Branch History Injection attack affects Intel and ARM CPUs
Speculative execution flaws in Intel and AMD processors have attracted a lot of attention years ago. These vulnerabilities are serious and difficult to fix. In fact, until now Intel is still cooperating with system developers such as Microsoft to regularly release mitigation patches to increase the difficulty of exploiting related vulnerabilities.
The speculative execution series of vulnerabilities can still be mined. A paper from the Systems and Network Security Group at Vrije Universiteit Amsterdam reveals how the team rediscovered and exploited speculative execution vulnerabilities in Intel and ARM processors. The most serious variant of Spectre v2 in the Spectre series of vulnerabilities at that time was CVE-2017-5715.
Speculative execution itself is a technique used to improve CPU performance, speeding up by executing instructions that may be needed ahead of time. However, if the relevant instructions involve confidential data and put the data in the cache, the attacker can steal the confidential data in the cache, so this type of attack is also called a side-channel attack.
Although Intel, Microsoft, and the Linux kernel team have jointly proposed various fixes to mitigate the branch injection vulnerability. Now, however, researchers have discovered that there is another way to exploit the Spectre-V2 attacks – Branch History Injection (BHI or Spectre-BHB).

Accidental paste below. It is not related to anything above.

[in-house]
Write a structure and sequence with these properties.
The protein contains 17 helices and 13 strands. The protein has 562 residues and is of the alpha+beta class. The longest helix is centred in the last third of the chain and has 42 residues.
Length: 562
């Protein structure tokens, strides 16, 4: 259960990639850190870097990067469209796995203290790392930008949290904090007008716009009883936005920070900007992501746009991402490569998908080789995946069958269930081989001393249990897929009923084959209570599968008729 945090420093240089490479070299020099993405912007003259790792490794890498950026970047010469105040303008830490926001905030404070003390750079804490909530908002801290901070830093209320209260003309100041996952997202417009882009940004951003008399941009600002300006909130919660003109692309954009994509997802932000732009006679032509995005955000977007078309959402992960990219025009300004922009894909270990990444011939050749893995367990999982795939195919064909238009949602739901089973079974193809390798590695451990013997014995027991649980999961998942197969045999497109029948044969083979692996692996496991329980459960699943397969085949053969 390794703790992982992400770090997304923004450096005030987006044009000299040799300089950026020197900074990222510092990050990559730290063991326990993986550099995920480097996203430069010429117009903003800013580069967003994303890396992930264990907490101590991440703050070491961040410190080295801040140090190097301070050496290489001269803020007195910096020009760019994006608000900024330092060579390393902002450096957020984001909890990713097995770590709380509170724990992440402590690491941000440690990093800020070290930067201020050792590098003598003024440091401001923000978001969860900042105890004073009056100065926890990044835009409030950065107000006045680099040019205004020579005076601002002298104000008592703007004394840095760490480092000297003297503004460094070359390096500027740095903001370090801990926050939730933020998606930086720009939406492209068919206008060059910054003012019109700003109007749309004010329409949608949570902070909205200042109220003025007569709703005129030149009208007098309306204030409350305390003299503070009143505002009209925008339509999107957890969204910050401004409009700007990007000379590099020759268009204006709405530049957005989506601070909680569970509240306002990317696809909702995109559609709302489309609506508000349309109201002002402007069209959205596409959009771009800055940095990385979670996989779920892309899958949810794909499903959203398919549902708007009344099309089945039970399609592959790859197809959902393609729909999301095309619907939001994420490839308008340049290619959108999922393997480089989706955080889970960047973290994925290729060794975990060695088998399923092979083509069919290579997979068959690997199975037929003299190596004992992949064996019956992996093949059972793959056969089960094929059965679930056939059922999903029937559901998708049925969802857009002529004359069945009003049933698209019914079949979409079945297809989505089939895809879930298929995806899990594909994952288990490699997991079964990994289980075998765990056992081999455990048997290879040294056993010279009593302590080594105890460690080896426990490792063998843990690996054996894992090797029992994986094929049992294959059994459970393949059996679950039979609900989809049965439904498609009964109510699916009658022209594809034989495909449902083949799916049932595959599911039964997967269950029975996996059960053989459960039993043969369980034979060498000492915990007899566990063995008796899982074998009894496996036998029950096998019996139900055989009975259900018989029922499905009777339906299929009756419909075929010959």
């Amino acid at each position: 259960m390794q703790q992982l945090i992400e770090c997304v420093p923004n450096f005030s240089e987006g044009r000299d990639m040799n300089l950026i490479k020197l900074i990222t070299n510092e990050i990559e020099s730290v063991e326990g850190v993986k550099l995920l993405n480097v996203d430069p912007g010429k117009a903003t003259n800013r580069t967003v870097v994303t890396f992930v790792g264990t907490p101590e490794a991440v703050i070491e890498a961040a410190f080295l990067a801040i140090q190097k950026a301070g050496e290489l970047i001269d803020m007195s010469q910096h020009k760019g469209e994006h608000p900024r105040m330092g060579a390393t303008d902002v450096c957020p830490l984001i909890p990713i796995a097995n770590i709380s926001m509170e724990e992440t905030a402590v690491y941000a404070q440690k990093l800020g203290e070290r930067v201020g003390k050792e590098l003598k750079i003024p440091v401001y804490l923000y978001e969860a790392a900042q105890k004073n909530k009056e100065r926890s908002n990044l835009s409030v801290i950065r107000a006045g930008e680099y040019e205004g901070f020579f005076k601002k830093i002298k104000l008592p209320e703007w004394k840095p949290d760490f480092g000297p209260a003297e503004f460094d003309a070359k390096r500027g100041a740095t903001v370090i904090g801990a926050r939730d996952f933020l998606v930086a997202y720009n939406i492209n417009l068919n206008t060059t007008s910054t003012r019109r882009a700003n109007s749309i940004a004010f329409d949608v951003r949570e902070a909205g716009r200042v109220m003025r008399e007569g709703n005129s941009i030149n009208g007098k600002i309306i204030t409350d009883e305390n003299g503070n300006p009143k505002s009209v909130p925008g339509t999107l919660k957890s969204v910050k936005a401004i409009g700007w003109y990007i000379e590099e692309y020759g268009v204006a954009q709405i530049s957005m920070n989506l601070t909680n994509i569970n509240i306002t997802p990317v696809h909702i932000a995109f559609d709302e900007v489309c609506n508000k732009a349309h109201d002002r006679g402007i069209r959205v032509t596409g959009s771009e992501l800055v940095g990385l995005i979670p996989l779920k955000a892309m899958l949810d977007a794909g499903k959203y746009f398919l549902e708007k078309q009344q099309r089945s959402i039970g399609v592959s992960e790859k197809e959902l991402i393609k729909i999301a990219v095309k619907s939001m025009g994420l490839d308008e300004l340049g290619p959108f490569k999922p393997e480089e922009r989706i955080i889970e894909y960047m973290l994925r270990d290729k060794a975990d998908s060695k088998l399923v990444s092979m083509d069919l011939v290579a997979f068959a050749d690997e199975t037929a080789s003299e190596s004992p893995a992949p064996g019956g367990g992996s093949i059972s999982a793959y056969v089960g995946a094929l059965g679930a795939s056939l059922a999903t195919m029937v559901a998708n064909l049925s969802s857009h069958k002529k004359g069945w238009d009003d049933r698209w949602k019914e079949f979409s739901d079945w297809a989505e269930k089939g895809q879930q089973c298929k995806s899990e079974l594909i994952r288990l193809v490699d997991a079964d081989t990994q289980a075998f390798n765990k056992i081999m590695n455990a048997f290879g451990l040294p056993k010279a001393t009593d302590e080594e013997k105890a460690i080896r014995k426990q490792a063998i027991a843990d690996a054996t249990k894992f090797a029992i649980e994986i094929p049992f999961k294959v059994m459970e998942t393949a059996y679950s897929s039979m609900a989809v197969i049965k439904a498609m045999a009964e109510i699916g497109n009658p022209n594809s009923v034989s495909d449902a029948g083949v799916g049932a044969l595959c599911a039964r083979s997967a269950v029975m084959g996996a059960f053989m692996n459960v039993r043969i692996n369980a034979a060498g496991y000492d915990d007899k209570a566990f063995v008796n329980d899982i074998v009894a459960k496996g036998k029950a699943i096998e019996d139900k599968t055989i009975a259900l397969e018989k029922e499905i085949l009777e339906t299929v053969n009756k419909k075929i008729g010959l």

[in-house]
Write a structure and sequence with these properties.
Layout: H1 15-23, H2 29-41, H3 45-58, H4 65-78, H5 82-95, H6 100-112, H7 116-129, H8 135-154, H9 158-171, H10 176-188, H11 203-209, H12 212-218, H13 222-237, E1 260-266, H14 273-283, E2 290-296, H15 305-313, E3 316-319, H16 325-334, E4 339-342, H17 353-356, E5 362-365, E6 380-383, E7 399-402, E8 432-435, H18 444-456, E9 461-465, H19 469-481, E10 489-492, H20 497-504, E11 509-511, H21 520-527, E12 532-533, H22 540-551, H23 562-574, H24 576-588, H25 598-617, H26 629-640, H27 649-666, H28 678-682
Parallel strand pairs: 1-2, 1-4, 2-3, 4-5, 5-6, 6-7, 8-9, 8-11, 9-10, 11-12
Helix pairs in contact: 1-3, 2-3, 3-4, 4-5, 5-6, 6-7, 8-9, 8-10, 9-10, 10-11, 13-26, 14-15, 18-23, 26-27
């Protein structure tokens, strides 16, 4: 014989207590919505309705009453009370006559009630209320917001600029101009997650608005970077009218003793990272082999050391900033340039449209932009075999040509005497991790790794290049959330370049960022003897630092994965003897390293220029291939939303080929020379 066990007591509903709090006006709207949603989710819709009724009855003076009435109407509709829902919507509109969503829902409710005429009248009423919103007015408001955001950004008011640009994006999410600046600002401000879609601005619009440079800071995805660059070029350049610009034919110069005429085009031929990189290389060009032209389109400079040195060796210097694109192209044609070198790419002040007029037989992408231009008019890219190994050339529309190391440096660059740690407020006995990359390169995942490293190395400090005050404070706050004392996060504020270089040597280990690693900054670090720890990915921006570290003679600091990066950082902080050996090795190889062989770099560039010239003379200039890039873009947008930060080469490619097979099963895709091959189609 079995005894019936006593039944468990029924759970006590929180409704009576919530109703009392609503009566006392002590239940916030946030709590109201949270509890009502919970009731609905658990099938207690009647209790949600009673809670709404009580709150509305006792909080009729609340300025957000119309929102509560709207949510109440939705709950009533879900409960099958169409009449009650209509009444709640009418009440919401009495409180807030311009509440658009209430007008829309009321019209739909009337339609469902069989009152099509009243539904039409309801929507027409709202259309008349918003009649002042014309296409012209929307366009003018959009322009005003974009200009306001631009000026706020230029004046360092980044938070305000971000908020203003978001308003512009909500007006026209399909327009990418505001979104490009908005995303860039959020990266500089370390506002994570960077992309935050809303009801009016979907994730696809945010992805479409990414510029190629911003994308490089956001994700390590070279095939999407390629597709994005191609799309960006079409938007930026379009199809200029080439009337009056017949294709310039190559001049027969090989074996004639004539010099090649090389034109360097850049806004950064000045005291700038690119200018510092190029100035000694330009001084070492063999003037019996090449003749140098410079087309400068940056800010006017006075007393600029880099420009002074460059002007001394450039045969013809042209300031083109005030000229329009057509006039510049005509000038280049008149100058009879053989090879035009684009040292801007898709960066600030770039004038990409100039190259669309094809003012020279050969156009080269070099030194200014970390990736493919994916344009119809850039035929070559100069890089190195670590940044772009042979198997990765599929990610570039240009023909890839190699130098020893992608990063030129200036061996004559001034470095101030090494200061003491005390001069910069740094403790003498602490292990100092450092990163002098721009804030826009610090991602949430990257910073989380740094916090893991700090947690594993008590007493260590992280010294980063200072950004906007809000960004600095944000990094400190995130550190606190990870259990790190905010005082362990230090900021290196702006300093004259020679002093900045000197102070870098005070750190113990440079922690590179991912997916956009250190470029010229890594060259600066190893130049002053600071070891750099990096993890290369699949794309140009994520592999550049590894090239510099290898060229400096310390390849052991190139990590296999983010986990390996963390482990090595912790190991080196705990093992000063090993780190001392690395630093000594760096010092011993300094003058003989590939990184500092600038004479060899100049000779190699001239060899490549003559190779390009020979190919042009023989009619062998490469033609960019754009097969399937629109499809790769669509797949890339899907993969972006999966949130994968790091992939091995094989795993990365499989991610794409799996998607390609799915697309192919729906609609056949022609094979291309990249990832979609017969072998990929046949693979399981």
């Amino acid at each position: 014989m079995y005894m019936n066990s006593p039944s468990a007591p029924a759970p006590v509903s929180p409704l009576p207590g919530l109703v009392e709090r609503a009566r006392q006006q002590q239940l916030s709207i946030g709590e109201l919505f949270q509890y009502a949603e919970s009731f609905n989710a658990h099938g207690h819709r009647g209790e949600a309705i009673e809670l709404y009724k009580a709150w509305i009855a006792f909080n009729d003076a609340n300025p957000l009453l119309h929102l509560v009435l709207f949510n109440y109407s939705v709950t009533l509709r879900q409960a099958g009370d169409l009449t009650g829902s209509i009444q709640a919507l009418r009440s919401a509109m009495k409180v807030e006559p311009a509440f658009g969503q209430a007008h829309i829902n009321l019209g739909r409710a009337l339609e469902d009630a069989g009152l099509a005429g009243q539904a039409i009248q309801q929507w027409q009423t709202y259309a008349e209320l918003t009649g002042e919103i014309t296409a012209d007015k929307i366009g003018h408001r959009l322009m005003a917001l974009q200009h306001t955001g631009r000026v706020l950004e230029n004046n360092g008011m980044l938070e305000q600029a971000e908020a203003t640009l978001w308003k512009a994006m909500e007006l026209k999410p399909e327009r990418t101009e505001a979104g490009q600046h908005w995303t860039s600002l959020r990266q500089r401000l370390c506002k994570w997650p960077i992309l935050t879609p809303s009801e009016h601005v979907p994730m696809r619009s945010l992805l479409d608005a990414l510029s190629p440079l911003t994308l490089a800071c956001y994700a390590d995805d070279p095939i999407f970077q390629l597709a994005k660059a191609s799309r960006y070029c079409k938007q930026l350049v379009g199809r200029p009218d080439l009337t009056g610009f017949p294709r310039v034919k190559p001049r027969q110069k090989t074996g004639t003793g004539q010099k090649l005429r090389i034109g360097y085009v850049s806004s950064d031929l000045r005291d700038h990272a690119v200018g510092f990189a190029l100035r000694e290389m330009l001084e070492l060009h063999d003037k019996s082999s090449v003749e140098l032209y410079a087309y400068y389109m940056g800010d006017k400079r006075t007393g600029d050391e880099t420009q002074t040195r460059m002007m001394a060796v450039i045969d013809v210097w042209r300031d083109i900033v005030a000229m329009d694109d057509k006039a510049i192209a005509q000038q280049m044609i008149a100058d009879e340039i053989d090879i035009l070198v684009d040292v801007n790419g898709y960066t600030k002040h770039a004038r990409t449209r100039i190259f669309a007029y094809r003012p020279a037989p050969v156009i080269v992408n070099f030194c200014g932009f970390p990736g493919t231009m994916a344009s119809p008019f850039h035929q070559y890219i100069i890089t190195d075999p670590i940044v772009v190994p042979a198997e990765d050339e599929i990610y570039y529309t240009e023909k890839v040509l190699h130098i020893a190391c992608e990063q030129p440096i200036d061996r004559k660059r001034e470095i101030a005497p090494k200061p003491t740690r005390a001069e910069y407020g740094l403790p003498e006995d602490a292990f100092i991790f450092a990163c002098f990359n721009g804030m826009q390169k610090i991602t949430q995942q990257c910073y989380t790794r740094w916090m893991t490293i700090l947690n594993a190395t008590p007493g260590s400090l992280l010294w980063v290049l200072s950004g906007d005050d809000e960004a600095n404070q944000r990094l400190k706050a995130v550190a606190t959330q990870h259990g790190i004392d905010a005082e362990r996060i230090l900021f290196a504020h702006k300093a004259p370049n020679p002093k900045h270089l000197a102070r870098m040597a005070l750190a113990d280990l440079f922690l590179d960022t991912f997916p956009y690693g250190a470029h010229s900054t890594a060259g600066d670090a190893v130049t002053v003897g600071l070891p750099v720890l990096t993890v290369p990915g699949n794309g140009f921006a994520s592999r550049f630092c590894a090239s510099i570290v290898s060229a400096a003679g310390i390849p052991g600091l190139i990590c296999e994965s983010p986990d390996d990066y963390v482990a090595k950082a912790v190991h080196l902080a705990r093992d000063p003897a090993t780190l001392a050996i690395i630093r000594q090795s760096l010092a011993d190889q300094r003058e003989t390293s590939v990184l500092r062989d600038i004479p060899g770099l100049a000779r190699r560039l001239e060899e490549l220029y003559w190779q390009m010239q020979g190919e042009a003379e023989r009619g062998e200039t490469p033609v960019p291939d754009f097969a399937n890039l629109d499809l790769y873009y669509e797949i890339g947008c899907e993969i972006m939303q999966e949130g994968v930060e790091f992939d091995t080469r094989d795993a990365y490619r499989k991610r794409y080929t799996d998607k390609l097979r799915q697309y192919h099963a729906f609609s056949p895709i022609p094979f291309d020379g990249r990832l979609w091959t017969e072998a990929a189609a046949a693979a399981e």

The Branch History Injection vulnerability does not affect the AMD processors. Recently, Intel and ARM have issued security advisories after the researchers submitted the vulnerability. Among them, Intel split the new vulnerabilities discovered into CVE-2022-0001 and CVE-2022-0002, while ARM only provided a vulnerability number CVE-2022-23960.
Intel rolls out a new microcode update to mitigate the vulnerability ahead of the paper’s release. Whether the current mitigation update has been merged into the Windows 10/11 March 2020 Security Update is unclear.